The President of Indian Academy of Paediatrics, Dr M Venkatachalapathy, recently confirmed that 20% of deaths among children aged 5 or below are because of pneumonia. This is second behind neonatal deaths, which includes premature births, birth asphyxia and trauma.
Even on a global level, pneumonia was found to be a leading cause of child deaths. Therefore, prevention of Pneumonia is one of the Millenium Development Goals (MDGs) as outlined by the World Health Organisation. The goal is to reduce the under-five mortality rate by 2015.
Understanding pneumonia in children
Pneumonia is an inflammatory condition of the lung that primarily affects the microscopic air sacs known as alveoli. The main symptoms of pneumonia include chest pain, a cough, fever, and difficulty in breathing. The cases range from mild to severe.
Mild To Moderate Cases
Pneumonia caused by certain bacteria like Mycoplasma pneumonia and Chlamydophila pneumonia results in milder symptoms, even in kids. This type of pneumonia, known as walking pneumonia, is prevalent among school-age children.
Kids with walking pneumonia may not feel sick enough to stay indoors, but they could have symptoms like a dry cough, low-grade fever and tiredness.
Viruses cause most cases of pneumonia in children between four months and five years of age. Affected children will experience symptoms associated with other illnesses, such as a sore throat, cough, low-grade fever, nasal congestion, diarrhoea, loss of appetite and lack of energy. This type of pneumonia is considered moderate level.
For both the above types, treatment is home care and antibiotics.
Bacterial pneumonia is becoming increasingly common and can lead to meningitis, septicemia and in some cases, death
These types of pneumonia develop more abruptly than a virus and have symptoms like high fever, sweating, flushed skin, cough, wheezing, and difficulty in breathing.
Immediate hospitalisation is recommended for severe cases.
About 44% pneumonia cases worldwide are from India. This has prompted the World Health Organization to recommend inclusion of the Pneumococcal Conjugate Vaccine (PCV) into the national immunisation programmes. According to the WHO, this can prevent 3-5 lakh deaths.
Dr Srinivas S, vice-president, Indian Academy of Pediatrics said: “Respiratory diseases cause more deaths in children below five than diarrhoea. Among respiratory infections, pneumonia is responsible for approximately 90% of the deaths. India leads the chart for pneumonia incidence and mortality in the under-five age group.”
How is pneumonia diagnosed?
The doctor may be able to diagnose pneumonia by examination. The child’s oxygen levels will be tested using a pulse oximeter. If the child has low oxygen levels, the doctor may do any of the following:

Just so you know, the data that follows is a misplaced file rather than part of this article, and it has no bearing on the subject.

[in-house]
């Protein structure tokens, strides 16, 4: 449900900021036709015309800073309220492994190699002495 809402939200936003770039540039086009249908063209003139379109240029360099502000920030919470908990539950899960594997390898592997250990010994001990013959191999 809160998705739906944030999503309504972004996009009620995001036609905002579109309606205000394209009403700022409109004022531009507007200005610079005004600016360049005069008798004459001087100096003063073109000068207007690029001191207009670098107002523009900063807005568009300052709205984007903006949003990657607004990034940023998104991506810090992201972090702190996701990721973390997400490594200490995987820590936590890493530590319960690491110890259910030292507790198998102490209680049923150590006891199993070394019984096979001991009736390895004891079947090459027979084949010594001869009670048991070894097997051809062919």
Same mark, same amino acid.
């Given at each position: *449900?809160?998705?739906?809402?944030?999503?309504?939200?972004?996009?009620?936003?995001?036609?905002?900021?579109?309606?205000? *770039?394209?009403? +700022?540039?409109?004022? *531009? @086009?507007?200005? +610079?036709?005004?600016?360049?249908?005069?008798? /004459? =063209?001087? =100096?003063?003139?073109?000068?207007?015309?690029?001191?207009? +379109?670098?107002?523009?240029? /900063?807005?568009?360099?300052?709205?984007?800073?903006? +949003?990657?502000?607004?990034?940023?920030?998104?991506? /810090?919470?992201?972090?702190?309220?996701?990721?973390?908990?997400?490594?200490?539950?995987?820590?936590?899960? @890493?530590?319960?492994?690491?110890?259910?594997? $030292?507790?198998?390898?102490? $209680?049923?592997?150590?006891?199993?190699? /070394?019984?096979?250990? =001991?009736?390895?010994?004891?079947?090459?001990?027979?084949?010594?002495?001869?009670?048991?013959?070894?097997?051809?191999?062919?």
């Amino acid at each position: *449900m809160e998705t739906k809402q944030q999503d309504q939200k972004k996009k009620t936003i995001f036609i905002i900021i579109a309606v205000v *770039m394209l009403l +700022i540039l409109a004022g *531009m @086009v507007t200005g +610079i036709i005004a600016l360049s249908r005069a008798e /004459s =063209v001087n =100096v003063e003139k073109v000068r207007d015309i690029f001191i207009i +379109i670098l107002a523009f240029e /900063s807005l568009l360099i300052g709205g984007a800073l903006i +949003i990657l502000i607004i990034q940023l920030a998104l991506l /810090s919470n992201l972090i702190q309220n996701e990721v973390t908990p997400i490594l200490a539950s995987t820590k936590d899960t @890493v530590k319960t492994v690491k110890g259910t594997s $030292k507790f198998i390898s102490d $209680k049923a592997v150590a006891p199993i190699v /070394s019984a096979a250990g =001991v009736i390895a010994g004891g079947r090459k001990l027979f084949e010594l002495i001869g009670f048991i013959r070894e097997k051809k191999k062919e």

- A chest x-ray to obtain a picture of the lungs and heart
- Blood tests or a nasal swab to show the virus, bacteria, or fungus that caused pneumonia.
How can pneumonia be prevented?
For children who already have pneumonia, the general method of treatment is with antibiotics. Pollution, dust, especially cigarette smoke are very harmful. Anything that is an irritant to the lungs Smoke can make the coughing or breathing process worse.
The best method of prevention is the vaccination against diseases like the flu, pertussis, and pneumonia.
If there are people who are showing symptoms of having pneumonia, take them immediately to a doctor and keep children away from them. The symptoms to look for are a respiratory infection like a sore throat or a cough.
Teach proper hand wash techniques to the children to prevent the spread of germs.
Do not let the child share food, drinks, or utensils with others who are unwell, and also when they are sick.
Mothers are advised to breastfeed newborns and infants until at least six months of age so that they receive the necessary nutrients. After six months, this can be supplemented with other doctor recommended food. Giving right amounts of Zinc supplements also help in preventing the disease.
You can click on the image below to read a deatiled report.
The Government of India is training paramedical staff for early diagnosis and treatment of pneumonia through Acute Respiratory Tract Infections (ARI) control program. The Government of Delhi offers Haemophilus Influenzae type B (Hib) vaccine to each and every child free of cost. Unfortunately, it is not free nationwide. Moreover, few pneumococcal vaccines are expensive, and these are not in the government vaccination schedule.
Therefore, pneumonia remains a significant cause of child mortality in India.
With simple steps like vaccination, cleanliness, hygiene, diseases like pneumonia and diarrhoea can be prevented. The Primary and Secondary healthcare centres, and Government hospitals also provide Oral Rehydration Solution (ORS) with Zinc. And also nutritional supplements to new mothers and babies.
The Logical Indian requests everyone to please spread awareness to those who do not have access to the information or knowledge of such government benefits.